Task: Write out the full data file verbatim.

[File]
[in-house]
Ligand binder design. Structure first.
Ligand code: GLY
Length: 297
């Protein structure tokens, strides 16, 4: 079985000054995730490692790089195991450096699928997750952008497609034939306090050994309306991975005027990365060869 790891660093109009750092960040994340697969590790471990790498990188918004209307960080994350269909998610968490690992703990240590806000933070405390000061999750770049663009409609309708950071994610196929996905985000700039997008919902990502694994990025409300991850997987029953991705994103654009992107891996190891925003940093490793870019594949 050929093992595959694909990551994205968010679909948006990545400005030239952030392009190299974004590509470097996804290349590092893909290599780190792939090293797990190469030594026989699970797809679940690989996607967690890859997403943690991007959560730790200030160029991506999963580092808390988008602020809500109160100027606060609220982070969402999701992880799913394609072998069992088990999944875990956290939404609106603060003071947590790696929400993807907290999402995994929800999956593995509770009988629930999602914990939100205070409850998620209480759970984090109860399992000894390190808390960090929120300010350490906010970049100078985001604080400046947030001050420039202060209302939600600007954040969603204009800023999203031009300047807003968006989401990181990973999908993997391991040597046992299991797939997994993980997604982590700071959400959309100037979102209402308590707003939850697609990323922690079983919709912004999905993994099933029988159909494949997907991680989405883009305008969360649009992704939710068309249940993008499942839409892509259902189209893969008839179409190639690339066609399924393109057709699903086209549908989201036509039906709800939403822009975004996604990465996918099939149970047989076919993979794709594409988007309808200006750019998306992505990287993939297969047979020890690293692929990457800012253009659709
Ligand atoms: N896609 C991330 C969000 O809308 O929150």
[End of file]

[in-house]
Ligand binder design. Structure first.
Ligand code: GLY
Length: 297
């Protein structure tokens, strides 16, 4: 079985000054995730490692790089195991450096699928997750952008497609034939306090050994309306991975005027990365060869 790891660093109009750092960040994340697969590790471990790498990188918004209307960080994350269909998610968490690992703990240590806000933070405390000061999750770049663009409609309708950071994610196929996905985000700039997008919902990502694994990025409300991850997987029953991705994103654009992107891996190891925003940093490793870019594949 050929093992595959694909990551994205968010679909948006990545400005030239952030392009190299974004590509470097996804290349590092893909290599780190792939090293797990190469030594026989699970797809679940690989996607967690890859997403943690991007959560730790200030160029991506999963580092808390988008602020809500109160100027606060609220982070969402999701992880799913394609072998069992088990999944875990956290939404609106603060003071947590790696929400993807907290999402995994929800999956593995509770009988629930999602914990939100205070409850998620209480759970984090109860399992000894390190808390960090929120300010350490906010970049100078985001604080400046947030001050420039202060209302939600600007954040969603204009800023999203031009300047807003968006989401990181990973999908993997391991040597046992299991797939997994993980997604982590700071959400959309100037979102209402308590707003939850697609990323922690079983919709912004999905993994099933029988159909494949997907991680989405883009305008969360649009992704939710068309249940993008499942839409892509259902189209893969008839179409190639690339066609399924393109057709699903086209549908989201036509039906709800939403822009975004996604990465996918099939149970047989076919993979794709594409988007309808200006750019998306992505990287993939297969047979020890690293692929990457800012253009659709
Ligand atoms: N896609 C991330 C969000 O809308 O929150």